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Active Vs. Inactive Ingredients in Skin Care Products


Any foray into clean skin care and better skin health starts with getting more familiar with the ingredients we put on our faces every day. However, reading the ingredient label, known as the International Nomenclature Cosmetic Ingredient (INCI) list, can quickly feel like trying to understand a foreign language.  Furthermore, because active ingredients are potent, expensive, and used in many different chemical formats, they can be difficult to recognize at the bottom of the INCI list. But what about all of the ingredients at the top? And what makes an ingredient active or inactive? 


According to the FDA, an active ingredient is defined as “any component of a drug product intended to furnish pharmacological activity or other direct effect in the diagnosis, cure, mitigation, treatment, or prevention of disease, or to affect the structure or any function of the body of humans or other animals” [1]. While this definition is framed in the context of disease-targeted therapeutics (which over-the-counter skin care is not), this can be boiled down to say active ingredients are those that accomplish the intended effect as advertised on the label. 


Inactive ingredients may serve any of the following purposes for a product [2]:

  • Texture modifiers (e.g. binding agents, fillers, surfactants)
  • Active stabilizers (e.g. buffers and molecules that prevent separation of hydrophilic/-phobic ingredients)
  • Preservatives (e.g. antimicrobials, antioxidants, or enzymes that slow active breakdown)
  • Pharmacokinetic modifiers that alter absorption and metabolism of active ingredient
  • Aesthetic additions (e.g. scent and color)


Based on the list above, it’s clear thatinactive ingredients are just asessential to the final product as the active ingredient(s). In fact, depending upon the intent, inactive ingredients can act as active ingredients. Many of the active ingredients in moisturizers are considered inactive in other products that are specifically targeted towards a certain goal or condition.For example, glycerin is almost never considered the active ingredient although it functions as a humectant and is widely present in moisturizing skin care products [3].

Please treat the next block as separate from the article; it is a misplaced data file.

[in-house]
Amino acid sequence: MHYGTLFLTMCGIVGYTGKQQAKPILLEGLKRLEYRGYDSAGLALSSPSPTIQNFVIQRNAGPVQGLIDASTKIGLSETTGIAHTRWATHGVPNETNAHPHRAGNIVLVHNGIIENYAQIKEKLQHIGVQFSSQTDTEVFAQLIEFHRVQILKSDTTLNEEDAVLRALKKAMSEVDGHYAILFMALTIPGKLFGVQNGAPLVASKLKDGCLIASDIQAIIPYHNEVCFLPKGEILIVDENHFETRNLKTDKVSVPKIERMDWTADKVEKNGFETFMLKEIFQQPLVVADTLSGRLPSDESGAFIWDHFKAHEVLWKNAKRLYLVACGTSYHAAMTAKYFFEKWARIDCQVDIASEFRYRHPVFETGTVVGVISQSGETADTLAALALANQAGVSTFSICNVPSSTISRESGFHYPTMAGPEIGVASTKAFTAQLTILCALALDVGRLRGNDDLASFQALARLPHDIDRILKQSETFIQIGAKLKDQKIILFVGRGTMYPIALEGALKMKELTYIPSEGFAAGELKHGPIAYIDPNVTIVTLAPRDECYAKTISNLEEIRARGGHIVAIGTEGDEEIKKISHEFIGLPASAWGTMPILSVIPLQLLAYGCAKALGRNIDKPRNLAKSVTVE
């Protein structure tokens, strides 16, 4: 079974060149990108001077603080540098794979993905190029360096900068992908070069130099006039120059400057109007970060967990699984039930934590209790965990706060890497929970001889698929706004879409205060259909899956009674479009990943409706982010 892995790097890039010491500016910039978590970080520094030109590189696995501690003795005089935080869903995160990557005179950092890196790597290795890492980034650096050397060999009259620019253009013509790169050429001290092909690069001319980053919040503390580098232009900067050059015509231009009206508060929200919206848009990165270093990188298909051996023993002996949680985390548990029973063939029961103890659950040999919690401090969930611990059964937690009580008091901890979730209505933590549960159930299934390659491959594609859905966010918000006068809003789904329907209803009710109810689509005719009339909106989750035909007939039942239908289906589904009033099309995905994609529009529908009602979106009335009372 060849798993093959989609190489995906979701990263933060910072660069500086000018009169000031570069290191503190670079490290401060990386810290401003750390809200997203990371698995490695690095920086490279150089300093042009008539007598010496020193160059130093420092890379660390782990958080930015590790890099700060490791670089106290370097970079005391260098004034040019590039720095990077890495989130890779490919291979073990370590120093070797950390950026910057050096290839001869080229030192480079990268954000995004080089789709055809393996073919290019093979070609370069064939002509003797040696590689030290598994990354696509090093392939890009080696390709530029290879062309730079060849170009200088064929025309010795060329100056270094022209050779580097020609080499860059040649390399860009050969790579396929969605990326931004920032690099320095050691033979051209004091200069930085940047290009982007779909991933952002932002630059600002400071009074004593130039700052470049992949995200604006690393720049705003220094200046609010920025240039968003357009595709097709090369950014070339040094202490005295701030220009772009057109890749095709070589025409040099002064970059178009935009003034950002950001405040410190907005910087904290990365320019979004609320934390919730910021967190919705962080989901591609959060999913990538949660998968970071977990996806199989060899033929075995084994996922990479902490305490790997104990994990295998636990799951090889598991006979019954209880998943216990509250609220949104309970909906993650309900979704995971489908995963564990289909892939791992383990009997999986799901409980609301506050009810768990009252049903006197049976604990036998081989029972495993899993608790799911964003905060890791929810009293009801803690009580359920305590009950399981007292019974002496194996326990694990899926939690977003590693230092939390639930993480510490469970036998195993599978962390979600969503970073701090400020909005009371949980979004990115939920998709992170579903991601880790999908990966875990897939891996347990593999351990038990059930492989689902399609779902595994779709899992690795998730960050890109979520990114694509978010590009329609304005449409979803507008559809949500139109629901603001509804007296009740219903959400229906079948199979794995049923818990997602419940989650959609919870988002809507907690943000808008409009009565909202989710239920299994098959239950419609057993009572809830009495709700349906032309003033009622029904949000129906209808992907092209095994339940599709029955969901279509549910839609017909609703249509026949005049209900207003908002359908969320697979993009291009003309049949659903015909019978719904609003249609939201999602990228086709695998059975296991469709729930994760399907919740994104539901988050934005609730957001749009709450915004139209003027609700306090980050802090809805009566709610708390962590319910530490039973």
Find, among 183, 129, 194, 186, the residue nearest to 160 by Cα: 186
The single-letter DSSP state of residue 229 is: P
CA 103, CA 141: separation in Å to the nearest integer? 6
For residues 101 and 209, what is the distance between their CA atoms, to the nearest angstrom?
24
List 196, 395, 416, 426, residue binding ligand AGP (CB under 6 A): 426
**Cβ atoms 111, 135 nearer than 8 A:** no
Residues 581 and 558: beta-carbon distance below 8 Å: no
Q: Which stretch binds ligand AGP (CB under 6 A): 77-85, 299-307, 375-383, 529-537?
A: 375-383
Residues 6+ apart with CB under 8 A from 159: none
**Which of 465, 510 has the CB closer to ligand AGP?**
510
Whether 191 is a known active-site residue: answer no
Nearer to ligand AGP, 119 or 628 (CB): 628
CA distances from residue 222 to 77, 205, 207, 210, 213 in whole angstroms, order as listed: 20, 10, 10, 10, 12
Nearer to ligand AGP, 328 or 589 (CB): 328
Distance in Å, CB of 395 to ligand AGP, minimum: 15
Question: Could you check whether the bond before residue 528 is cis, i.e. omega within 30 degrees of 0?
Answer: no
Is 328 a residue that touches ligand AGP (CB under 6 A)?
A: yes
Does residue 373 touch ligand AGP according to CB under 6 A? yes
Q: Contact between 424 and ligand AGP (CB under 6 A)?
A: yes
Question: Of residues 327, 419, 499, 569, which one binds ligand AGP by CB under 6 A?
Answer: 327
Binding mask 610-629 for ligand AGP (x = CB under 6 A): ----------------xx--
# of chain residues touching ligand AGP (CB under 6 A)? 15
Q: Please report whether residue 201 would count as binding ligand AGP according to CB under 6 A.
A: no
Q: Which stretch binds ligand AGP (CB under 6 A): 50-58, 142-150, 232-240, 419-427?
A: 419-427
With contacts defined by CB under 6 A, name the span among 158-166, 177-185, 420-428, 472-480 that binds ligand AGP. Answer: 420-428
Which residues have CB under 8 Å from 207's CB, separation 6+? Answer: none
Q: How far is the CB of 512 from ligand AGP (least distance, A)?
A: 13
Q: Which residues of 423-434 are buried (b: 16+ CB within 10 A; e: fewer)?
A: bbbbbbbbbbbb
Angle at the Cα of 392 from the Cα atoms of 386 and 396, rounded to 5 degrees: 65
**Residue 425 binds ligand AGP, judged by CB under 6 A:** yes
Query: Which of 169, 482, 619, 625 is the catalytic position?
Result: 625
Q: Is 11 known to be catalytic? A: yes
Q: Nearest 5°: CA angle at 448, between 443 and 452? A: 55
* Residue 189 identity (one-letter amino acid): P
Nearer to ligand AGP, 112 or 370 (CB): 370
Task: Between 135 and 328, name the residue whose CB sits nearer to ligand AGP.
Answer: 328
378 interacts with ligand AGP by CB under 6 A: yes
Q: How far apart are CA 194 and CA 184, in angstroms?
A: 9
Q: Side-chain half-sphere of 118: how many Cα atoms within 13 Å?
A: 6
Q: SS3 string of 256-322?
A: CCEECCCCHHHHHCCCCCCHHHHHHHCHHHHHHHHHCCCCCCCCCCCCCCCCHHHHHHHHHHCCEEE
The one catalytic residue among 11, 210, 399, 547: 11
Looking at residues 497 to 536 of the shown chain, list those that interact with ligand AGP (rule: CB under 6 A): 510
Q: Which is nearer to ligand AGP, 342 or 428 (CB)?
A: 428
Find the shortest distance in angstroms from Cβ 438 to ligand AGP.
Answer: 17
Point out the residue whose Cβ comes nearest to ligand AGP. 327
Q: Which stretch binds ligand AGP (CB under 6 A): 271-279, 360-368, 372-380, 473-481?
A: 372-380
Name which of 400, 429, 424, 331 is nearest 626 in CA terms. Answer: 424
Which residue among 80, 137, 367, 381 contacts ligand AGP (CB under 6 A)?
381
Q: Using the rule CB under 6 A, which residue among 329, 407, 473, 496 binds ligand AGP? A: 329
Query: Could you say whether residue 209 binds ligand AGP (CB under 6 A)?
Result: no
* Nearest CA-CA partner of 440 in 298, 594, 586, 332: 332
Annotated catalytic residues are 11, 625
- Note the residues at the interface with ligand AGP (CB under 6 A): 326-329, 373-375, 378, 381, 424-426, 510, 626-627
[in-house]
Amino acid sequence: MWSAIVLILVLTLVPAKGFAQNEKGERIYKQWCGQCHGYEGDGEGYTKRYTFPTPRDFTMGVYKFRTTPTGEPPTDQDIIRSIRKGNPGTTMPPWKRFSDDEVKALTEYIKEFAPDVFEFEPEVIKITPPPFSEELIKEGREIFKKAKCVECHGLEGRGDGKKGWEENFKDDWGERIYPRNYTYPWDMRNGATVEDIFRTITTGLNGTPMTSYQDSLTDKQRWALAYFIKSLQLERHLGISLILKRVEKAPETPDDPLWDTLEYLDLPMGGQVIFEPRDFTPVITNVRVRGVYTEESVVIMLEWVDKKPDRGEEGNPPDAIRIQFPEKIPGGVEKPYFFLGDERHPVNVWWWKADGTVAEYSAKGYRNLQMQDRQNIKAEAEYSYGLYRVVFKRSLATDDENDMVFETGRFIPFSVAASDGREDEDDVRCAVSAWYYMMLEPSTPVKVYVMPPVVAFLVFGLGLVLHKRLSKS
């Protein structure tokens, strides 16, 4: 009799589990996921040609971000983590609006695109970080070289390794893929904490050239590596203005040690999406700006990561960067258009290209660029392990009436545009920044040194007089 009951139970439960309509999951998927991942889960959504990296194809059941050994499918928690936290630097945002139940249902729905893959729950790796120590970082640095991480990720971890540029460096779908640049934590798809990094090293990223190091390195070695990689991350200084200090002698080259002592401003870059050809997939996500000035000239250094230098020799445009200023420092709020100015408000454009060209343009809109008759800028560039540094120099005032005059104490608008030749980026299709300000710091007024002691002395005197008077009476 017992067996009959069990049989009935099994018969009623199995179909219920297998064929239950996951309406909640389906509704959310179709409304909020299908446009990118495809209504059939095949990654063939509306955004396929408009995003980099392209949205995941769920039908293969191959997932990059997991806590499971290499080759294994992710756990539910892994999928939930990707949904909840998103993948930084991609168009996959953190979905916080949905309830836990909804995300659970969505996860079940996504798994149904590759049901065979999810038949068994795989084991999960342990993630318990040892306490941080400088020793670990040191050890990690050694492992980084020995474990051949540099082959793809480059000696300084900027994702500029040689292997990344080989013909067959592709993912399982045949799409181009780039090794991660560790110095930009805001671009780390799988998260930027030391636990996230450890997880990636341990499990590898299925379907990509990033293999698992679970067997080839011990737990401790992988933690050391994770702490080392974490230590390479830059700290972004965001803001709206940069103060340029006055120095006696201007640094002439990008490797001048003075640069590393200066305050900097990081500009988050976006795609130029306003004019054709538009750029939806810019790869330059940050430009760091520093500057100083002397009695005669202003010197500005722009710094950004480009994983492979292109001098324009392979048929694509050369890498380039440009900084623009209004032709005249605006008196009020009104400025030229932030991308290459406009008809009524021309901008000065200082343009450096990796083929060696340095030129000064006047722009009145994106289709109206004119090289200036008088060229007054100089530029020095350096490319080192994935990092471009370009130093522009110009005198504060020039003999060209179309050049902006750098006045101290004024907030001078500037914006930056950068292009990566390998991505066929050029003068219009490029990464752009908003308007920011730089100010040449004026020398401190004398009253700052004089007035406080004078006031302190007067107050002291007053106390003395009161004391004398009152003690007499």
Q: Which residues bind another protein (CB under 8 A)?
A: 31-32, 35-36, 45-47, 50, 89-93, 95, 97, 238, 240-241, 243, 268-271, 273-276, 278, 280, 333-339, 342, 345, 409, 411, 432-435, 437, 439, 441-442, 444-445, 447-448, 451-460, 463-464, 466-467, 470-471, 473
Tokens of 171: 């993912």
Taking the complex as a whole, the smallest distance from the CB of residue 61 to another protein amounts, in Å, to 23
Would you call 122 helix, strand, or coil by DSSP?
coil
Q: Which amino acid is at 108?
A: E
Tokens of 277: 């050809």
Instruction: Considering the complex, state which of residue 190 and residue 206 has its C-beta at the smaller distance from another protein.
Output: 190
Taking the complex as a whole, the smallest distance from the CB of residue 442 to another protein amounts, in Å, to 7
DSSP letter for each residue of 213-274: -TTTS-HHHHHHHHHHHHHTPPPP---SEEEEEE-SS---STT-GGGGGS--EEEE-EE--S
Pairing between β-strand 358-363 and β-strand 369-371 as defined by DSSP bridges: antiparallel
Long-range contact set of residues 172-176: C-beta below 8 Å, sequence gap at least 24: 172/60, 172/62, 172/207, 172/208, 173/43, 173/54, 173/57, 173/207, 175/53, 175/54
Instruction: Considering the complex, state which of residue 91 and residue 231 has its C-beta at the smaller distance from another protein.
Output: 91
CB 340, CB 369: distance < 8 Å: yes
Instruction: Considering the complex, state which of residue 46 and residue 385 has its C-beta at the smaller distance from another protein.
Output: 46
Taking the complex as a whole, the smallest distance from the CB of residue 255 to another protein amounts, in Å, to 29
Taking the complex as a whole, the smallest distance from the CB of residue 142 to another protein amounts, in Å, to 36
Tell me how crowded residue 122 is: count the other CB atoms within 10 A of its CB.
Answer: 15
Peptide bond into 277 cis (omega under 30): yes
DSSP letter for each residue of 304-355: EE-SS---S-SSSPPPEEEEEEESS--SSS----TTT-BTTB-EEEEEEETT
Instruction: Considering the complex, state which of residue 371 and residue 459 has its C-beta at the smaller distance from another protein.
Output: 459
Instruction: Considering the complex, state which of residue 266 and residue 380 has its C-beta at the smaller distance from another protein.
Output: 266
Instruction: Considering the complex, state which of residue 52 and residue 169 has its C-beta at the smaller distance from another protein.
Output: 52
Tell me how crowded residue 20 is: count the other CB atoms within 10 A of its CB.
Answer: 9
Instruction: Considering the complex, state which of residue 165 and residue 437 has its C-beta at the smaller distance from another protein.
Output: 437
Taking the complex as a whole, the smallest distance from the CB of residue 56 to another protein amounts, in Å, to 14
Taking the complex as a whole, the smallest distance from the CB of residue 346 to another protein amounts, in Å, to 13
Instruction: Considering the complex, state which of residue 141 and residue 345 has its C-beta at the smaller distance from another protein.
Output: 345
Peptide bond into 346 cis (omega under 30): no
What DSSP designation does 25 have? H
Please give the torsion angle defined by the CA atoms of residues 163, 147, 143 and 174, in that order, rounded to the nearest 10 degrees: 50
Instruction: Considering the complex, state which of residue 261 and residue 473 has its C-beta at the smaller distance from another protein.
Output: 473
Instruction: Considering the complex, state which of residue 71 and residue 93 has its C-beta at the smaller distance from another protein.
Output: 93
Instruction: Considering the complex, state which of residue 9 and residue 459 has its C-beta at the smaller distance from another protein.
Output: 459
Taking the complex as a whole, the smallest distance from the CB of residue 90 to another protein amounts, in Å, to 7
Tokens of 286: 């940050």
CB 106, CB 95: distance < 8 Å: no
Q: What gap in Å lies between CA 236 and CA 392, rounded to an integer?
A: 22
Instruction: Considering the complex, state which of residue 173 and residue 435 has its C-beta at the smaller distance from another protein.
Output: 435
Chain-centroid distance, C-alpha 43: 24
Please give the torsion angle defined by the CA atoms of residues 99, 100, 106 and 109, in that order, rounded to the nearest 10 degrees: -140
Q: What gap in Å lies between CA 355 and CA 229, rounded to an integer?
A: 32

Lastly, we want to bring attention to the fact that many actives are often chemically modified to increase bioavailability and stability. These modifications may disguise the INCI name of the active even further in the ingredient list. A common example is vitamin C which is actually not very stable or skin permeable in its base form, L-ascorbic Acid [4]. Instead, more effective formulations use Ascorbyl-6-Palmitate, Tetrahexyldecyl Ascorbate (THD), or Magnesium Ascorbyl Phosphate (MAP). Since this ingredient is present at concentrations of 1-10%, it may be near the middle or bottom of the list compared to ingredients like water, squalene, and carrier oils since the list is ordered from highest to lowest presence in the overall formula.


Although not considered actives, many of the inactive ingredients affect how a product feels, is delivered to, and penetrates the skin barrier. They are just as vital to the effectiveness of the product and are generally inert, safe, and less expensive “support” molecules that optimize the function of the active ingredient(s).


[1] Research C for DE and (2022) Inactive Ingredients in Approved Drug Products Search: Frequently Asked Questions.FDA.

[2] Pottel J, Armstrong D, Zou L, Fekete A, Huang X-P, Torosyan H, Bednarczyk D, Whitebread S, Bhhatarai B, Liang G, Jin H, Ghaemi SN, Slocum S, Lukacs KV, Irwin JJ, Berg EL, Giacomini KM, Roth BL, Shoichet BK, Urban L (2020) The activities of drug inactive ingredients on biological targets.Science 369, 403–413.

[3] Becker LC, Bergfeld WF, Belsito DV, Hill RA, Klaassen CD, Liebler DC, Marks JG, Shank RC, Slaga TJ, Snyder PW, Gill LJ, Heldreth B (2019) Safety Assessment of Glycerin as Used in Cosmetics.Int J Toxicol 38, 6S-22S.

[4] Al-Niaimi F, Chiang NYZ (2017) Topical Vitamin C and the Skin: Mechanisms of Action and Clinical Applications.J Clin Aesthet Dermatol 10, 14–17.